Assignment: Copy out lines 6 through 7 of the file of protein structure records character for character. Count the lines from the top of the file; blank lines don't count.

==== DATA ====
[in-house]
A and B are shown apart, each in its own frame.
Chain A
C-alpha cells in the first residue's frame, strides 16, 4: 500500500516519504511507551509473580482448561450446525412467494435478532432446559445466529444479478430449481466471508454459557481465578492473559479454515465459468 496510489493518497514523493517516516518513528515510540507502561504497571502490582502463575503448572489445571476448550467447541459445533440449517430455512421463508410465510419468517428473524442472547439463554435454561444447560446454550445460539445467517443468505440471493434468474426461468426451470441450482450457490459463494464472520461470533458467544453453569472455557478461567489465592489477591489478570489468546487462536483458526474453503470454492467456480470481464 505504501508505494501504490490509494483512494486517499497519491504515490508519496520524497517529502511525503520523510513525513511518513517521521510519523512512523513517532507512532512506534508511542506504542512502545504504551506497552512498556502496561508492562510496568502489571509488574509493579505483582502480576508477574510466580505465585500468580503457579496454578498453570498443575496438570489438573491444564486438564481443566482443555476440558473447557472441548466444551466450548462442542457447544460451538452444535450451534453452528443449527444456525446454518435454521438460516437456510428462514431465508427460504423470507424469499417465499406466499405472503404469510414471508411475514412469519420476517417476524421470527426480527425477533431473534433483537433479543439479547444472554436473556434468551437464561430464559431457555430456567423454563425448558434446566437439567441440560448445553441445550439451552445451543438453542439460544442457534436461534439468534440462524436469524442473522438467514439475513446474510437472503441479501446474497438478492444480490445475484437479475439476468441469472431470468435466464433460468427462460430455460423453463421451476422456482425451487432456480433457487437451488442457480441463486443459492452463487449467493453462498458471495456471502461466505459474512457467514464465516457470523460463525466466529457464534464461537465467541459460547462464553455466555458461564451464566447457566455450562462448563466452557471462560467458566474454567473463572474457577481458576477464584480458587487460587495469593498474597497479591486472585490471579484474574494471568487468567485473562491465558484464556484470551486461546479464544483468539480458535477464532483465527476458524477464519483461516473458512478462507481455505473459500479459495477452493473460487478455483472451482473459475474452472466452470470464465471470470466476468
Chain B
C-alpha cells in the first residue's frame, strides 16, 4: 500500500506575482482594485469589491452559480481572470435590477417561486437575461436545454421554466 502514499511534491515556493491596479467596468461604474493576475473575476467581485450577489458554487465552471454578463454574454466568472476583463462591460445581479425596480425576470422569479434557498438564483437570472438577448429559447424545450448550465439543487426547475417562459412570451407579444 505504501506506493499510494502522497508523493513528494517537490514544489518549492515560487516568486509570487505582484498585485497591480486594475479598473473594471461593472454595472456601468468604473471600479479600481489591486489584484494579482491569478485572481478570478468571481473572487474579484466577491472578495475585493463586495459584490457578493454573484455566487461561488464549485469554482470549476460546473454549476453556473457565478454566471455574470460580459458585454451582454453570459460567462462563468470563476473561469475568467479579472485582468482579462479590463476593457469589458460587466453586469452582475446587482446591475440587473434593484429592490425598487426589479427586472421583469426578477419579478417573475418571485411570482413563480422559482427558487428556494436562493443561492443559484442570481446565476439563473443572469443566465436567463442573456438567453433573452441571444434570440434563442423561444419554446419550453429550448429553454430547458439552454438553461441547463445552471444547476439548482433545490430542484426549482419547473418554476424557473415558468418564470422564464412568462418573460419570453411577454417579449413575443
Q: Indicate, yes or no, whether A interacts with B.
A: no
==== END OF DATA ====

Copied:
C-alpha cells in the first residue's frame, strides 16, 4: 500500500506575482482594485469589491452559480481572470435590477417561486437575461436545454421554466 502514499511534491515556493491596479467596468461604474493576475473575476467581485450577489458554487465552471454578463454574454466568472476583463462591460445581479425596480425576470422569479434557498438564483437570472438577448429559447424545450448550465439543487426547475417562459412570451407579444 505504501506506493499510494502522497508523493513528494517537490514544489518549492515560487516568486509570487505582484498585485497591480486594475479598473473594471461593472454595472456601468468604473471600479479600481489591486489584484494579482491569478485572481478570478468571481473572487474579484466577491472578495475585493463586495459584490457578493454573484455566487461561488464549485469554482470549476460546473454549476453556473457565478454566471455574470460580459458585454451582454453570459460567462462563468470563476473561469475568467479579472485582468482579462479590463476593457469589458460587466453586469452582475446587482446591475440587473434593484429592490425598487426589479427586472421583469426578477419579478417573475418571485411570482413563480422559482427558487428556494436562493443561492443559484442570481446565476439563473443572469443566465436567463442573456438567453433573452441571444434570440434563442423561444419554446419550453429550448429553454430547458439552454438553461441547463445552471444547476439548482433545490430542484426549482419547473418554476424557473415558468418564470422564464412568462418573460419570453411577454417579449413575443
Q: Indicate, yes or no, whether A interacts with B.